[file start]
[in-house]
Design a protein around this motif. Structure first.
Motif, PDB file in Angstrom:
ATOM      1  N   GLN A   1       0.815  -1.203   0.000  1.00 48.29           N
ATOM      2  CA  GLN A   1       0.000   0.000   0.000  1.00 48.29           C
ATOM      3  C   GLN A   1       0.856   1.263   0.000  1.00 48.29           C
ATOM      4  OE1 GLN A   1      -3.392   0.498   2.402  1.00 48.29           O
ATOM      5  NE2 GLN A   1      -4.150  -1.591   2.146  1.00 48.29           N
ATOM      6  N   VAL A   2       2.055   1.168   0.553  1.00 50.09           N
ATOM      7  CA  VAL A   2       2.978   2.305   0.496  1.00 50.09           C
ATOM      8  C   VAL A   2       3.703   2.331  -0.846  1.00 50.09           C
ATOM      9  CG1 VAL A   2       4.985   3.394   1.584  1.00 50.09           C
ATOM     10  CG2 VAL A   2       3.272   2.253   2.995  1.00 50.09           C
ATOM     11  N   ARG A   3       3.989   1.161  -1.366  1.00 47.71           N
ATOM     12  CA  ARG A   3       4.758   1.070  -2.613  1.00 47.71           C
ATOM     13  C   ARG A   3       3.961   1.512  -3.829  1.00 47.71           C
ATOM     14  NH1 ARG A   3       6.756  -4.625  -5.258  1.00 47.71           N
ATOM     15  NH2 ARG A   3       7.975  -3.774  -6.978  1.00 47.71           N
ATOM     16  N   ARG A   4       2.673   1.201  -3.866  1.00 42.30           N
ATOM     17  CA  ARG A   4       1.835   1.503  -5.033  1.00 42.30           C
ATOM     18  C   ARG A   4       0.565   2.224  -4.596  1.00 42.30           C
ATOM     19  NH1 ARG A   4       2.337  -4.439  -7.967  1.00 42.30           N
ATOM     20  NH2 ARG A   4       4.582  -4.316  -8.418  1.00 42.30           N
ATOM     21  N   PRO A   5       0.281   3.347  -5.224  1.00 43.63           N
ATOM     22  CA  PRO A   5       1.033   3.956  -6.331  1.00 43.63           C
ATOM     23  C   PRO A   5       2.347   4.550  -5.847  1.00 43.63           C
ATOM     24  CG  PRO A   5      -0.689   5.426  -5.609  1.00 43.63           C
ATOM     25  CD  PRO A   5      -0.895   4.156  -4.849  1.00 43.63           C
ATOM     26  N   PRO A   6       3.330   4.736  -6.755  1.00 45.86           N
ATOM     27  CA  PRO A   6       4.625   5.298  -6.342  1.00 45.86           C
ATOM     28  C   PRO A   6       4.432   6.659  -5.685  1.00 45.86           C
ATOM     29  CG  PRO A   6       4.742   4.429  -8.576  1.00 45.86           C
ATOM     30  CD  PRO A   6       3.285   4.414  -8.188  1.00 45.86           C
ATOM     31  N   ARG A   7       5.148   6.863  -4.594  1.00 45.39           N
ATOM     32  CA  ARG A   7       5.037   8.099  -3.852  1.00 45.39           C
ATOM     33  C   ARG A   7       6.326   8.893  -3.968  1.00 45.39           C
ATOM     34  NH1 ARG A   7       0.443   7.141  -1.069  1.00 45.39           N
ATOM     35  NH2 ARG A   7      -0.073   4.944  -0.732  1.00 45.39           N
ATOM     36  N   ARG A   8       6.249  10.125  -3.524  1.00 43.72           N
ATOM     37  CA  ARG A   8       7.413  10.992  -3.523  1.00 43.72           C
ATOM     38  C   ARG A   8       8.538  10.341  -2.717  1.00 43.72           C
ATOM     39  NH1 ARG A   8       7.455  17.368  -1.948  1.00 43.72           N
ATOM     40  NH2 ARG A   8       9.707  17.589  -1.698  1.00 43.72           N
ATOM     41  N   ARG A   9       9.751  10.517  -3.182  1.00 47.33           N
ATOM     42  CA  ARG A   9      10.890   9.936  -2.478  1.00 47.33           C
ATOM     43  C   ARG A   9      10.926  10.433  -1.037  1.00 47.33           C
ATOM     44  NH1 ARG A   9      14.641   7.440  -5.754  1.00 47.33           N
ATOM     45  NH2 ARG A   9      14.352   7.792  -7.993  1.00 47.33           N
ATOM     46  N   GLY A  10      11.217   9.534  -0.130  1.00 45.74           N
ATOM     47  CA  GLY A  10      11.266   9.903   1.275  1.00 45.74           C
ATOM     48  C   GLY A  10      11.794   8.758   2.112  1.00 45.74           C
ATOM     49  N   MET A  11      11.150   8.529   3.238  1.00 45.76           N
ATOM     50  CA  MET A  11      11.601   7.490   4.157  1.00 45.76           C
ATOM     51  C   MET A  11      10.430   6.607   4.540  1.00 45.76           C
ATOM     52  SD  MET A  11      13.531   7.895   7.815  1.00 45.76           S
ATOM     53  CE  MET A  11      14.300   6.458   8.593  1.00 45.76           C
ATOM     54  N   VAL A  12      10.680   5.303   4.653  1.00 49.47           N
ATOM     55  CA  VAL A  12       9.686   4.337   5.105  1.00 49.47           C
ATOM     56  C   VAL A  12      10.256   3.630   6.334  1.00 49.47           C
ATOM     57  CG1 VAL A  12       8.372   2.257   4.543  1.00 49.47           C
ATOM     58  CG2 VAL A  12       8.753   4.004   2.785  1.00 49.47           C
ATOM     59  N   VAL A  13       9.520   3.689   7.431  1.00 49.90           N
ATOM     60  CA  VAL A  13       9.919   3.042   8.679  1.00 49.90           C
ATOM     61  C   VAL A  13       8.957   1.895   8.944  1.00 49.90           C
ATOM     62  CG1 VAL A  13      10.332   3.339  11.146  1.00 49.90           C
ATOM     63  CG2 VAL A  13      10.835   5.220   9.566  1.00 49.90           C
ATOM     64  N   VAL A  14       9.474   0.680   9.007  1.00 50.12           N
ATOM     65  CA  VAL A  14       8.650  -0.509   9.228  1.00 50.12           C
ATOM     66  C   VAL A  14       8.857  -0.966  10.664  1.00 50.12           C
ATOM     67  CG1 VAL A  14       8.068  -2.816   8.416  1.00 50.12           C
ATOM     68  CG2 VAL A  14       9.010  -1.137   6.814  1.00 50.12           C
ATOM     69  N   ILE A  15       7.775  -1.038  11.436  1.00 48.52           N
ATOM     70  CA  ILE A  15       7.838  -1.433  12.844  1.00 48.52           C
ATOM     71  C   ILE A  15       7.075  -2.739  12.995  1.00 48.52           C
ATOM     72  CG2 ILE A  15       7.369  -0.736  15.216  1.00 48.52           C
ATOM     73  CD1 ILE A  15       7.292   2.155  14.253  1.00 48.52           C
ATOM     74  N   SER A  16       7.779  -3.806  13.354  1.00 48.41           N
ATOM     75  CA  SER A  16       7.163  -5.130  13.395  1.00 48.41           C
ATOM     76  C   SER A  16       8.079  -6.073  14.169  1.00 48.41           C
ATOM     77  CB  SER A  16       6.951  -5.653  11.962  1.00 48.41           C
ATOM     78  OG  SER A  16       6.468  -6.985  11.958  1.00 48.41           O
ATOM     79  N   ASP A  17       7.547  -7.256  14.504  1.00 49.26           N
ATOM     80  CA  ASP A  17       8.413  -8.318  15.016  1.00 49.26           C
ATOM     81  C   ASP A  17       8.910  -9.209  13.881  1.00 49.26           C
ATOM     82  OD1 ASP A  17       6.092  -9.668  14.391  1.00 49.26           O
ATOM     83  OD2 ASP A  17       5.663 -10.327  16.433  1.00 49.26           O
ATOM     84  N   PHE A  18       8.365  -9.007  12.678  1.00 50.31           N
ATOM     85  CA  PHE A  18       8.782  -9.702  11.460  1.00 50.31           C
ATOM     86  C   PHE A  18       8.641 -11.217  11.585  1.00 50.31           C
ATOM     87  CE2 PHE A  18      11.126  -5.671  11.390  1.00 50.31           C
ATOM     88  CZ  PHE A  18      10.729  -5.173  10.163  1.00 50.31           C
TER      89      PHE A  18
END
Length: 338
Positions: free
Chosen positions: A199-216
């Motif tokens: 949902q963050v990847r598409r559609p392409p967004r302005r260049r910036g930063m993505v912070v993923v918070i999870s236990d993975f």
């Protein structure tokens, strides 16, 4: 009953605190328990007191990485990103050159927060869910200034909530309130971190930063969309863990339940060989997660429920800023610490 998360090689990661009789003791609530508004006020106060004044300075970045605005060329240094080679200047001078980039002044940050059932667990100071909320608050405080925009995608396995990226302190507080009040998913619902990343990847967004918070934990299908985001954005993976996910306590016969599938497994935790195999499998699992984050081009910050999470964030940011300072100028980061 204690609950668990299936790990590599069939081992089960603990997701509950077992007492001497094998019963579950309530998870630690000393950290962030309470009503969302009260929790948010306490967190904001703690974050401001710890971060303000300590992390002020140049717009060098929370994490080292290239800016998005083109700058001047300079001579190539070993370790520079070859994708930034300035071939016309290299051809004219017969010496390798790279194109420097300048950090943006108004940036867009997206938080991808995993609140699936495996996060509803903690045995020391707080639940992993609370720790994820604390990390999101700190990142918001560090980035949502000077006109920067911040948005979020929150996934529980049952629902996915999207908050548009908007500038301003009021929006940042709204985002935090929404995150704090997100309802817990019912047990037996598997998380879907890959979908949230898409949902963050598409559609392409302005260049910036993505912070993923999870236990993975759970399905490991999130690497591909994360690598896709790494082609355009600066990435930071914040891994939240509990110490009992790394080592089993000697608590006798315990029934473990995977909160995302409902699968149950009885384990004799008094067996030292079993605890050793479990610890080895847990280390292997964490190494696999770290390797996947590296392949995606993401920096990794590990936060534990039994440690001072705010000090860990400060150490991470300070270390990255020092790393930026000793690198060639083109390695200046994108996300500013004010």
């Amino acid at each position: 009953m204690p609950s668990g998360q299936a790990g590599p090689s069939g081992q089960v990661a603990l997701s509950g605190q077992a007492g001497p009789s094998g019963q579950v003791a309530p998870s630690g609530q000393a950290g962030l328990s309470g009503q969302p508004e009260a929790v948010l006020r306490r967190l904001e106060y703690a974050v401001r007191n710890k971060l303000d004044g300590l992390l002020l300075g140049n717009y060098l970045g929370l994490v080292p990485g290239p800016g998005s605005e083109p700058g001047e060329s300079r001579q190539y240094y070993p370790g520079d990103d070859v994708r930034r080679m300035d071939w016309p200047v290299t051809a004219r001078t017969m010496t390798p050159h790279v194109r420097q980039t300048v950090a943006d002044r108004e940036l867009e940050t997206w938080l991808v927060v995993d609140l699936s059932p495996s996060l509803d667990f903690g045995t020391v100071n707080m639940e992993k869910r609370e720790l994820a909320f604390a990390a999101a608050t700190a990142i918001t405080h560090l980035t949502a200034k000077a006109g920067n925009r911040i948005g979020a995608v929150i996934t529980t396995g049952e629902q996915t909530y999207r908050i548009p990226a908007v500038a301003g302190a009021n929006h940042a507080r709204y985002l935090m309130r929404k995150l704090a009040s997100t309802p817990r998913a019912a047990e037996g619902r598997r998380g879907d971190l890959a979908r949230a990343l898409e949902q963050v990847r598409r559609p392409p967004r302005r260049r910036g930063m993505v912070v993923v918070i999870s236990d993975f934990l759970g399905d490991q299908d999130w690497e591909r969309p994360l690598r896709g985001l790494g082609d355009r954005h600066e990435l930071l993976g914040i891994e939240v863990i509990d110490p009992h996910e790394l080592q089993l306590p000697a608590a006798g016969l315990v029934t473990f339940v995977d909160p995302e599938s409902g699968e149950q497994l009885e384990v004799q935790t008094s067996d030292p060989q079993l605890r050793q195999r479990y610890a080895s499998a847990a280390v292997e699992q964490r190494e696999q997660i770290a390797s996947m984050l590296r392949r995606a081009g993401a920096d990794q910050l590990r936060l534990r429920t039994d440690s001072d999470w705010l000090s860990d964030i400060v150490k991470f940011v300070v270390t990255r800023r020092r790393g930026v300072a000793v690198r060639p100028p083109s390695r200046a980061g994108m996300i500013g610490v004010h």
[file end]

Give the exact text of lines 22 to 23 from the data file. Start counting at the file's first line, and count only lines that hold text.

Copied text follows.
ATOM     19  NH1 ARG A   4       2.337  -4.439  -7.967  1.00 42.30           N
ATOM     20  NH2 ARG A   4       4.582  -4.316  -8.418  1.00 42.30           N